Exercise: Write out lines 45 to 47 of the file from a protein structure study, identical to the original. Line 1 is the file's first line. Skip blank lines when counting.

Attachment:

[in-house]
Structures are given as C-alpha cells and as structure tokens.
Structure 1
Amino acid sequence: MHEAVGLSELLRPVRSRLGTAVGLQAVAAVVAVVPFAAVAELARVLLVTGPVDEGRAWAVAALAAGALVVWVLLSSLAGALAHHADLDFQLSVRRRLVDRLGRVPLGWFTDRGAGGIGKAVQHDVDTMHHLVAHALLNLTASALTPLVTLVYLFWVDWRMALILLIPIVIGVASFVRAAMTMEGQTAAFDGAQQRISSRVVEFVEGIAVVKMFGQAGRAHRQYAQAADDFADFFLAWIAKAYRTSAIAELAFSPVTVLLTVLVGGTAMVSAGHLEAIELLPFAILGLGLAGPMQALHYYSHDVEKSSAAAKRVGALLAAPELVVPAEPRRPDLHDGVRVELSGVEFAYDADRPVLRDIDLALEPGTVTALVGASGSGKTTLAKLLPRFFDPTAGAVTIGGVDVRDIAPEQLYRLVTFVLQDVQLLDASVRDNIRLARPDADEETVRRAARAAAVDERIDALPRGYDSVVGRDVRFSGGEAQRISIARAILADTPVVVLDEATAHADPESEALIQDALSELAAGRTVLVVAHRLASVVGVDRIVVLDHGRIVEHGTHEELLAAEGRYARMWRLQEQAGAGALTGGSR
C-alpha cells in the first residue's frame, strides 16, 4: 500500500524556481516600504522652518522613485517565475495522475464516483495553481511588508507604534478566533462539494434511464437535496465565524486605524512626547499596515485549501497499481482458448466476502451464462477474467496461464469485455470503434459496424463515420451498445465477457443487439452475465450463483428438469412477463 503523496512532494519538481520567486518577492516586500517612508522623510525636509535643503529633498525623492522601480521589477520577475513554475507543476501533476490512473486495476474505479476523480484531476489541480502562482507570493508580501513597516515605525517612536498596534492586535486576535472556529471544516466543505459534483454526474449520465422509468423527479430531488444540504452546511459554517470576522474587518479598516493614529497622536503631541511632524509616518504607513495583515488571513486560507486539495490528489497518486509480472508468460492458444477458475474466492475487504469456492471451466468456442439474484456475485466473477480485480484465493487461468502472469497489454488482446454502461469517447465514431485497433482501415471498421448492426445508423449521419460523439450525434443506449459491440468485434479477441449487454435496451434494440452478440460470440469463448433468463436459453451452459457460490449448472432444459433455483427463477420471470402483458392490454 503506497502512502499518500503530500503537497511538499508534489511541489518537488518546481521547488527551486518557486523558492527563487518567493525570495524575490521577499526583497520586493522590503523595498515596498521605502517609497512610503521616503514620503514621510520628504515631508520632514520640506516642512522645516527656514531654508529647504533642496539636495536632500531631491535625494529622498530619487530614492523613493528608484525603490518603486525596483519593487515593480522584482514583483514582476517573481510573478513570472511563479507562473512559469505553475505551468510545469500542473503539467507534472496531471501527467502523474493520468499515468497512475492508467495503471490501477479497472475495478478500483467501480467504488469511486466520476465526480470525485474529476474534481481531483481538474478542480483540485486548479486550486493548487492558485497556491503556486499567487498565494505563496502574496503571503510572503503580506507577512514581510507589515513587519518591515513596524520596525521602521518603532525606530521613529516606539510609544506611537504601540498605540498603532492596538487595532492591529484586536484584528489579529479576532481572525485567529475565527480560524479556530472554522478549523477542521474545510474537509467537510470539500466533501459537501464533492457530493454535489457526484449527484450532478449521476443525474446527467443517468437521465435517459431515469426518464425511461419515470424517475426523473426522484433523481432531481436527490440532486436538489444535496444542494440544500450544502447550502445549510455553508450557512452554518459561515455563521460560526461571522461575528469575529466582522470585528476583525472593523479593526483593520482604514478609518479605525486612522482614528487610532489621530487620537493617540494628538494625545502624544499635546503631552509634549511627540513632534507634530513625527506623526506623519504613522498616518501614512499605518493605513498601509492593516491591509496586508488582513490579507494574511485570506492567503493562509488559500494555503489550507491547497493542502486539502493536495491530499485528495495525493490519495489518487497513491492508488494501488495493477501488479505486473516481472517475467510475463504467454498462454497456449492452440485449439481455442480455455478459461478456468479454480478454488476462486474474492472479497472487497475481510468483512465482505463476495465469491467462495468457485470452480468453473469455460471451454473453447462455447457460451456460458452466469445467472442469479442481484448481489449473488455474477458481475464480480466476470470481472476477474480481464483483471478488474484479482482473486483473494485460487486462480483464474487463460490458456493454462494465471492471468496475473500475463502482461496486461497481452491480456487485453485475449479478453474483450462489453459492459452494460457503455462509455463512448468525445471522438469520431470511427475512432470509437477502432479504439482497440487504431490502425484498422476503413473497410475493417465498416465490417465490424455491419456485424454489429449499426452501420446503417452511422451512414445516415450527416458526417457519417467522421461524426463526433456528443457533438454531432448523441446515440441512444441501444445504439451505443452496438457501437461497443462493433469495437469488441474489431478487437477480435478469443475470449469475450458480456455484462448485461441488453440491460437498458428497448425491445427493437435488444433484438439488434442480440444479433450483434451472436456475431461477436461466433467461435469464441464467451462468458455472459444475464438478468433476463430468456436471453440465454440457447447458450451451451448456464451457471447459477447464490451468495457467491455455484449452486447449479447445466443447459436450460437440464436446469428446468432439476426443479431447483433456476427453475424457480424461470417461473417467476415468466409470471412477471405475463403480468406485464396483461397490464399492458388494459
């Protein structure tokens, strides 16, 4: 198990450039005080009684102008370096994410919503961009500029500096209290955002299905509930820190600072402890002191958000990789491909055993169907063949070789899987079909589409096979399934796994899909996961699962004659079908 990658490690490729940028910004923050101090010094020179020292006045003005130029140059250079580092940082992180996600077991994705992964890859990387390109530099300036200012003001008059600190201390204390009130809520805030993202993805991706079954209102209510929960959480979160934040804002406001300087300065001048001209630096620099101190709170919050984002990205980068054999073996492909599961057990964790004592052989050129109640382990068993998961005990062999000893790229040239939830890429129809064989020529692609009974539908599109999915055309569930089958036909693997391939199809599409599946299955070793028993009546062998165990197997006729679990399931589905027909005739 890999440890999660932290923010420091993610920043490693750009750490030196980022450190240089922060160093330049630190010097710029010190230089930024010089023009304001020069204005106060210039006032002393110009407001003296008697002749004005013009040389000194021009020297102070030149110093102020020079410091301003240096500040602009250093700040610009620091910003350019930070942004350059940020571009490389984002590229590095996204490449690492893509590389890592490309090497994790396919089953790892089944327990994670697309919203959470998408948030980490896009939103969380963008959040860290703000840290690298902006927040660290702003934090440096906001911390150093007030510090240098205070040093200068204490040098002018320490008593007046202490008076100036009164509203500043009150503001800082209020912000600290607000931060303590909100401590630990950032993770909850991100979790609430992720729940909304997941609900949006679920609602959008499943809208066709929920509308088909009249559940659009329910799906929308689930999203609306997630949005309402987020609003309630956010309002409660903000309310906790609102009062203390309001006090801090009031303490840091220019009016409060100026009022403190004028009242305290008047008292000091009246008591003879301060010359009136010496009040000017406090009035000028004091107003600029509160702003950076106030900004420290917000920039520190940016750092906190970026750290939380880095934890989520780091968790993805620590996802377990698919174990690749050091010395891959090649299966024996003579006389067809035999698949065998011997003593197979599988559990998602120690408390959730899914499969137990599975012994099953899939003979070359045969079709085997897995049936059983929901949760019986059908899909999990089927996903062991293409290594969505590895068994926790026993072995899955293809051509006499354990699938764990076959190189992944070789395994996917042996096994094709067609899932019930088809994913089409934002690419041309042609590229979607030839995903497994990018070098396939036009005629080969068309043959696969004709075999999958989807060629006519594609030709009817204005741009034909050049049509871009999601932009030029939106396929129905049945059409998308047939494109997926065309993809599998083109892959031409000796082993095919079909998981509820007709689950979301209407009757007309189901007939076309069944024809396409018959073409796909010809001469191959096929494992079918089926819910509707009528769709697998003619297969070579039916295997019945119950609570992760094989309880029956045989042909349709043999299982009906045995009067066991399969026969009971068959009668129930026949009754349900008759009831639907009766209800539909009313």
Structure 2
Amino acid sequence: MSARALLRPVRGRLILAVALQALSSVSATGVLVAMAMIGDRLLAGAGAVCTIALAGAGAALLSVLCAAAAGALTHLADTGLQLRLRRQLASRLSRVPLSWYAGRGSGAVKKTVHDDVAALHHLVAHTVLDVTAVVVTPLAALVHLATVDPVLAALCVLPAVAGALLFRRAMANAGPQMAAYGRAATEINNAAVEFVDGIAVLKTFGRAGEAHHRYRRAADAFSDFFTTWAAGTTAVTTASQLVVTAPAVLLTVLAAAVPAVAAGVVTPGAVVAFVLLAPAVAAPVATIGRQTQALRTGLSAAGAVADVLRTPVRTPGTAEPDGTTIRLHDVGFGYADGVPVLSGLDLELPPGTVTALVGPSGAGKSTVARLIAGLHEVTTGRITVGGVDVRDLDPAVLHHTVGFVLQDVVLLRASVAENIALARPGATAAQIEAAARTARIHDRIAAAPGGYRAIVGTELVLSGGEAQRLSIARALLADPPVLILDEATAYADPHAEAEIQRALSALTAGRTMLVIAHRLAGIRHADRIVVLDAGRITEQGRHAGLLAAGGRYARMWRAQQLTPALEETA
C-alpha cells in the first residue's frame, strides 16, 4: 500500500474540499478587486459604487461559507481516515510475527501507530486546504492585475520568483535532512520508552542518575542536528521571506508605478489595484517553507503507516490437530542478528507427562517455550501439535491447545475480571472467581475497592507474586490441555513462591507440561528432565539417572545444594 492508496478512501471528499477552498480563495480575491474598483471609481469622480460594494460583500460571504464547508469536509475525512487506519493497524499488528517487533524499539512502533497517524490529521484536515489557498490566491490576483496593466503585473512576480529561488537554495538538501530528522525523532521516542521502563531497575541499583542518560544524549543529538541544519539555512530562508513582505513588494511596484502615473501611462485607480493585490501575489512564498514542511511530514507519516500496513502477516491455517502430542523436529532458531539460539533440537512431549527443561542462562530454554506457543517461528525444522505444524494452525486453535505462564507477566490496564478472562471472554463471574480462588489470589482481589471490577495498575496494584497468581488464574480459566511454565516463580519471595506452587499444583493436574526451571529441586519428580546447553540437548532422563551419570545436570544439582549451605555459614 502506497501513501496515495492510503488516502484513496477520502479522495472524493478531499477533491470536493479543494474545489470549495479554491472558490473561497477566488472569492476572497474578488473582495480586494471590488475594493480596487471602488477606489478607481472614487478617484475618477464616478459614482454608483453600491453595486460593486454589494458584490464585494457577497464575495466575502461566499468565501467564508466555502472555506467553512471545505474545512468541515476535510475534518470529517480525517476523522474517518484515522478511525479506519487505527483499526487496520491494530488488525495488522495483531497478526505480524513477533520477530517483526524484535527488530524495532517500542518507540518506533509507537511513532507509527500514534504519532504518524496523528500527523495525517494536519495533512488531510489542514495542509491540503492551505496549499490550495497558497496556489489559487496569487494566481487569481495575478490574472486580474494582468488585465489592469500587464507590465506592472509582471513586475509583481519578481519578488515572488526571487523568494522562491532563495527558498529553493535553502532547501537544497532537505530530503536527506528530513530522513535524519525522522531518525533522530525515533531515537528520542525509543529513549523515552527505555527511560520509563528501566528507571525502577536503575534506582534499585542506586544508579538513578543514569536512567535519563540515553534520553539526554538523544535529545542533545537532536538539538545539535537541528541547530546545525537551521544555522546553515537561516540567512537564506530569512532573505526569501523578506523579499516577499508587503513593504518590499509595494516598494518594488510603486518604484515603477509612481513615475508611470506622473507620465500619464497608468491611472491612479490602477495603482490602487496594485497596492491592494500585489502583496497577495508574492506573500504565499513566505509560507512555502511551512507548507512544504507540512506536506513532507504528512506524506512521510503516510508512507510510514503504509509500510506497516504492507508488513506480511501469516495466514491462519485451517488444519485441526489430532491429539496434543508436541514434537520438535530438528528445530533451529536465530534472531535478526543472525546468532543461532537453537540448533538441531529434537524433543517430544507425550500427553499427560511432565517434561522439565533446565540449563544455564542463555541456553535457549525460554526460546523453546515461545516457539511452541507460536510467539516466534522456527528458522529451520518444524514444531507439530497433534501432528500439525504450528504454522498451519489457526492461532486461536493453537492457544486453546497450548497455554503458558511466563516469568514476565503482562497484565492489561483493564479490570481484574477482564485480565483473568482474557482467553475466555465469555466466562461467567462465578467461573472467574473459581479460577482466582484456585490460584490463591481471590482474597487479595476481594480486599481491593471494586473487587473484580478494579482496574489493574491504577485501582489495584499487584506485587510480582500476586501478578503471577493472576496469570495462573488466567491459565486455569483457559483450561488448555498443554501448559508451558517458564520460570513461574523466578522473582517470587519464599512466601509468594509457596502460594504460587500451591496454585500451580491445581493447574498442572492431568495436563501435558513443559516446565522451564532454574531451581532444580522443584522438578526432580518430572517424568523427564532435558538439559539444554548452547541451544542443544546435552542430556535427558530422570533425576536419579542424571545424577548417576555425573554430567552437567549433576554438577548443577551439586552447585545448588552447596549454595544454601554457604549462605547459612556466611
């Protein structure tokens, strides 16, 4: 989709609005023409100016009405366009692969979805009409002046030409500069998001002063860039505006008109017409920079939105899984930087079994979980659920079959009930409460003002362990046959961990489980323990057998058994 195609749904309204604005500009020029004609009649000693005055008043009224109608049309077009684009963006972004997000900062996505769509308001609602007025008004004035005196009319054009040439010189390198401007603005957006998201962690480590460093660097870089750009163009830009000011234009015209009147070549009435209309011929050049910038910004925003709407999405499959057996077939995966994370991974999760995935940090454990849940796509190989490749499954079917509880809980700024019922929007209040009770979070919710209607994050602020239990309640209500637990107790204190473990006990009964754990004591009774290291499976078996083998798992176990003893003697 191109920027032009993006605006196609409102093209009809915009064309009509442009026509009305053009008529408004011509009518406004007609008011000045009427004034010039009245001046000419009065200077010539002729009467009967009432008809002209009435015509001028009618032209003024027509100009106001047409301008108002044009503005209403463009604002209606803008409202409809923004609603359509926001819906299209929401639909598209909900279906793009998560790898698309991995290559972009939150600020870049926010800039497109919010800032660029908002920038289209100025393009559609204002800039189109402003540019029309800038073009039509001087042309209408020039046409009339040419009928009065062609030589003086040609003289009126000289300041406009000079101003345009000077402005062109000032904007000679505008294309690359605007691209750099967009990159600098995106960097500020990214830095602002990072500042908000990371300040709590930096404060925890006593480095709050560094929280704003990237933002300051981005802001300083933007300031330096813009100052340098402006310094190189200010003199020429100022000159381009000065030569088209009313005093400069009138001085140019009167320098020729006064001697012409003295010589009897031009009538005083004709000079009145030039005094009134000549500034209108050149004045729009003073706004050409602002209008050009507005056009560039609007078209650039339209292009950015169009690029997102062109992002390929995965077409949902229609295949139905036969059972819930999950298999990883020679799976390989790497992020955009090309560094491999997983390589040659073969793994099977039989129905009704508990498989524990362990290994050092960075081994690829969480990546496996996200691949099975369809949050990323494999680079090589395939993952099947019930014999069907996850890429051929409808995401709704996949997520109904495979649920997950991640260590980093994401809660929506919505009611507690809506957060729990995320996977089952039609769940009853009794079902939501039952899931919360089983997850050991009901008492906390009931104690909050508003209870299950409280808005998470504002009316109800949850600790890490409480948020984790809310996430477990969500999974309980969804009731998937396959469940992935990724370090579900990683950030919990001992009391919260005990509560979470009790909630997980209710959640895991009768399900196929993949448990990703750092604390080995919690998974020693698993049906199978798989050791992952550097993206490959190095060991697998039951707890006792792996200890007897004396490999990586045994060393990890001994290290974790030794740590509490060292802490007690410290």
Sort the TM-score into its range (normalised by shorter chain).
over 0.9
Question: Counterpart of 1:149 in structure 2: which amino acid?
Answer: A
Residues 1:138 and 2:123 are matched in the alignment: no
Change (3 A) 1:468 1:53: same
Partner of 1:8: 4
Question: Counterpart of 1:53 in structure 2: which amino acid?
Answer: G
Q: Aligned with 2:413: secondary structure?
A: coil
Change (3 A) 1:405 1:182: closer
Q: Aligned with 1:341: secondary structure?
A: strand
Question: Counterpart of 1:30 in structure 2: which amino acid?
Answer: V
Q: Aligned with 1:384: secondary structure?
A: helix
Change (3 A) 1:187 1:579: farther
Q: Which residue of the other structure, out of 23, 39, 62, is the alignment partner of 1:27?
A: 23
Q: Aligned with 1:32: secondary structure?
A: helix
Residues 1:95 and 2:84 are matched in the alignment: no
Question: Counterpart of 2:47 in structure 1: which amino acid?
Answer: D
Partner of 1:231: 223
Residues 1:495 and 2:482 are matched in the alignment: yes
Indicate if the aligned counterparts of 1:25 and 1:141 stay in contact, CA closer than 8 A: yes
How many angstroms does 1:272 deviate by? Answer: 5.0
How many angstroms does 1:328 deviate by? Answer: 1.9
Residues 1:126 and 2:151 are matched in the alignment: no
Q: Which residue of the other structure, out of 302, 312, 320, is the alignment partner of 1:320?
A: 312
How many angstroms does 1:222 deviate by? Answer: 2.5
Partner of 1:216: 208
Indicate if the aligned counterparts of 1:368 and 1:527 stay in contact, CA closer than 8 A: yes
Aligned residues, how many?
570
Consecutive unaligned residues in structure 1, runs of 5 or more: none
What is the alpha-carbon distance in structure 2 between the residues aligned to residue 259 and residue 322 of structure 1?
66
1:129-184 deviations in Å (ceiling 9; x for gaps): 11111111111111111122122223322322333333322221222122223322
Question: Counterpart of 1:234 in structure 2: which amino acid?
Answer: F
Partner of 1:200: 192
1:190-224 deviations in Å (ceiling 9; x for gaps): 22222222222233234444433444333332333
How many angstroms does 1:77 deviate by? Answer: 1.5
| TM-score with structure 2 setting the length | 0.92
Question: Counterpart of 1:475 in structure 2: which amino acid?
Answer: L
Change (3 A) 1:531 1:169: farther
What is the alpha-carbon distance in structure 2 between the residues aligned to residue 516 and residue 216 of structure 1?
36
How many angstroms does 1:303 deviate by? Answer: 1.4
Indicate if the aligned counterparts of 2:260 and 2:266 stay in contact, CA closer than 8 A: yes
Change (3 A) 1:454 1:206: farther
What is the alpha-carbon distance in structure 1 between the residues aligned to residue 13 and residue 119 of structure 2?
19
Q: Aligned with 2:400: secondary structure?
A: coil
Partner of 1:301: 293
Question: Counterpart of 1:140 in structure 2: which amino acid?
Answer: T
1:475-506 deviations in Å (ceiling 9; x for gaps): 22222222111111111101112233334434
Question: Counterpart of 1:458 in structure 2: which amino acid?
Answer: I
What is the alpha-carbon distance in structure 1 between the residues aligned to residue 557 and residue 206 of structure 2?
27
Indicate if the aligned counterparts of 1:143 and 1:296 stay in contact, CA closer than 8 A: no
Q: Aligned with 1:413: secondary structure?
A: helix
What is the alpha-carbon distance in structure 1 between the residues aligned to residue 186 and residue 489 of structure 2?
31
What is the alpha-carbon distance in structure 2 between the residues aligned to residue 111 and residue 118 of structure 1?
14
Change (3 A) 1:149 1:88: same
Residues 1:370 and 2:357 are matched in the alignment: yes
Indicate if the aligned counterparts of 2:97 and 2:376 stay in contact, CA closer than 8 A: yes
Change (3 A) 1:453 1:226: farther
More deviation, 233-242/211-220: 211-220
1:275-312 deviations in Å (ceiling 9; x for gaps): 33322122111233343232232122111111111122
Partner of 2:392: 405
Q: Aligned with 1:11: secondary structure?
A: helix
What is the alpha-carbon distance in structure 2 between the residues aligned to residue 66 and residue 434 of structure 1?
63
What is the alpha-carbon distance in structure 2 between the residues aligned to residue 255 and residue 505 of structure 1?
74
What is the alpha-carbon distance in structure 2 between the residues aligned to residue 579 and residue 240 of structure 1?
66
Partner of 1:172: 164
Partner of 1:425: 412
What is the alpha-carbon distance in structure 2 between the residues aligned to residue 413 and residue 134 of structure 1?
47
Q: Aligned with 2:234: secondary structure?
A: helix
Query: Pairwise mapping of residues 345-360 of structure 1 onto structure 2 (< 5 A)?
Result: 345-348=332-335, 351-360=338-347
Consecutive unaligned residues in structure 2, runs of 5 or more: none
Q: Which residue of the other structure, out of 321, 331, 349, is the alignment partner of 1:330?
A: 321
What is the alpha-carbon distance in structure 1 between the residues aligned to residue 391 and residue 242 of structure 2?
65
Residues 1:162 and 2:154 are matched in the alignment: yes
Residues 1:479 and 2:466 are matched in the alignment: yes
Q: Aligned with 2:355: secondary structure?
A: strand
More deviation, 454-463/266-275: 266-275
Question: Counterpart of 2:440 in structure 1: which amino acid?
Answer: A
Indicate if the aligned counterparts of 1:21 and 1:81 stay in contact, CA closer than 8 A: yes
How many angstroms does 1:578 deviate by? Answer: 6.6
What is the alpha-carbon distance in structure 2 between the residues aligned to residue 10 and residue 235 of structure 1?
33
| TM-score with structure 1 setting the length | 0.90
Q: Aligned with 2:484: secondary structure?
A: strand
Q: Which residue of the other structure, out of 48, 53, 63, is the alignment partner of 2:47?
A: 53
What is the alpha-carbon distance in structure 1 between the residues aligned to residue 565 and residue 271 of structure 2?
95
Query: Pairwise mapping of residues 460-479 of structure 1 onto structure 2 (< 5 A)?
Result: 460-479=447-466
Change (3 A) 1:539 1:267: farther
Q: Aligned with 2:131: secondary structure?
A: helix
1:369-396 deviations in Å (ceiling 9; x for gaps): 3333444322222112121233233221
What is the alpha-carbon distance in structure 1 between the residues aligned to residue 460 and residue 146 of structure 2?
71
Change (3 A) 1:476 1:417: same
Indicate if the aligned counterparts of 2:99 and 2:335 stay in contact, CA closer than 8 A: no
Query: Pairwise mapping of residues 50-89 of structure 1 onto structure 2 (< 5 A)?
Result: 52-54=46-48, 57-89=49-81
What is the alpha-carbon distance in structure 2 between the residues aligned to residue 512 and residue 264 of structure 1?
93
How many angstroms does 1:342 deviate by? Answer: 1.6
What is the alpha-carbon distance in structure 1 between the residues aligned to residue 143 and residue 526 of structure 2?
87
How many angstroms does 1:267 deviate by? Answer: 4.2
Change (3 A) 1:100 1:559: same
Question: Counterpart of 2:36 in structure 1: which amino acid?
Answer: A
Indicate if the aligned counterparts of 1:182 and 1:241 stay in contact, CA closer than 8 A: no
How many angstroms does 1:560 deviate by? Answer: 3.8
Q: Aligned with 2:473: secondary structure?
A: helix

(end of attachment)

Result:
How many angstroms does 1:222 deviate by? Answer: 2.5
Partner of 1:216: 208
Indicate if the aligned counterparts of 1:368 and 1:527 stay in contact, CA closer than 8 A: yes